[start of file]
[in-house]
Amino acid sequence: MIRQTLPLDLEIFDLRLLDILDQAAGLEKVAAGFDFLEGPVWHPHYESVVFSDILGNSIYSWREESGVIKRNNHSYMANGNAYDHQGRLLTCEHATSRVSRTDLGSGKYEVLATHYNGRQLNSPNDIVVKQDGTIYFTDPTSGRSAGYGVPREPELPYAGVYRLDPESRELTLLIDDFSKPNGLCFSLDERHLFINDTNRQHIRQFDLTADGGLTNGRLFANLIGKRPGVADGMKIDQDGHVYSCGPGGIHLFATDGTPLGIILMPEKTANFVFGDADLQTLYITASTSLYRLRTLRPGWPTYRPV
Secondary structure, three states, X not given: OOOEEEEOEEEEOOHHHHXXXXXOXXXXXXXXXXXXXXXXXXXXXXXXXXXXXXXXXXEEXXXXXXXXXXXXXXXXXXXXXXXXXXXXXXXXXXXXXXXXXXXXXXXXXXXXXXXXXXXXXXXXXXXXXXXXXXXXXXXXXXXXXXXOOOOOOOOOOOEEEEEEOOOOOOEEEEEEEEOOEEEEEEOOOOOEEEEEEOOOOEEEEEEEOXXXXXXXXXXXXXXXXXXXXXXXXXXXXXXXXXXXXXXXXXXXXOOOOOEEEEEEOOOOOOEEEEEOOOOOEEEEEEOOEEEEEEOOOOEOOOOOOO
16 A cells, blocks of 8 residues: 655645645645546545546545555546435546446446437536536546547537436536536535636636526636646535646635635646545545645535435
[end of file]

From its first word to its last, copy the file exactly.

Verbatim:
[in-house]
Amino acid sequence: MIRQTLPLDLEIFDLRLLDILDQAAGLEKVAAGFDFLEGPVWHPHYESVVFSDILGNSIYSWREESGVIKRNNHSYMANGNAYDHQGRLLTCEHATSRVSRTDLGSGKYEVLATHYNGRQLNSPNDIVVKQDGTIYFTDPTSGRSAGYGVPREPELPYAGVYRLDPESRELTLLIDDFSKPNGLCFSLDERHLFINDTNRQHIRQFDLTADGGLTNGRLFANLIGKRPGVADGMKIDQDGHVYSCGPGGIHLFATDGTPLGIILMPEKTANFVFGDADLQTLYITASTSLYRLRTLRPGWPTYRPV
Secondary structure, three states, X not given: OOOEEEEOEEEEOOHHHHXXXXXOXXXXXXXXXXXXXXXXXXXXXXXXXXXXXXXXXXEEXXXXXXXXXXXXXXXXXXXXXXXXXXXXXXXXXXXXXXXXXXXXXXXXXXXXXXXXXXXXXXXXXXXXXXXXXXXXXXXXXXXXXXXOOOOOOOOOOOEEEEEEOOOOOOEEEEEEEEOOEEEEEEOOOOOEEEEEEOOOOEEEEEEEOXXXXXXXXXXXXXXXXXXXXXXXXXXXXXXXXXXXXXXXXXXXXOOOOOEEEEEEOOOOOOEEEEEOOOOOEEEEEEOOEEEEEEOOOOEOOOOOOO
16 A cells, blocks of 8 residues: 655645645645546545546545555546435546446446437536536546547537436536536535636636526636646535646635635646545545645535435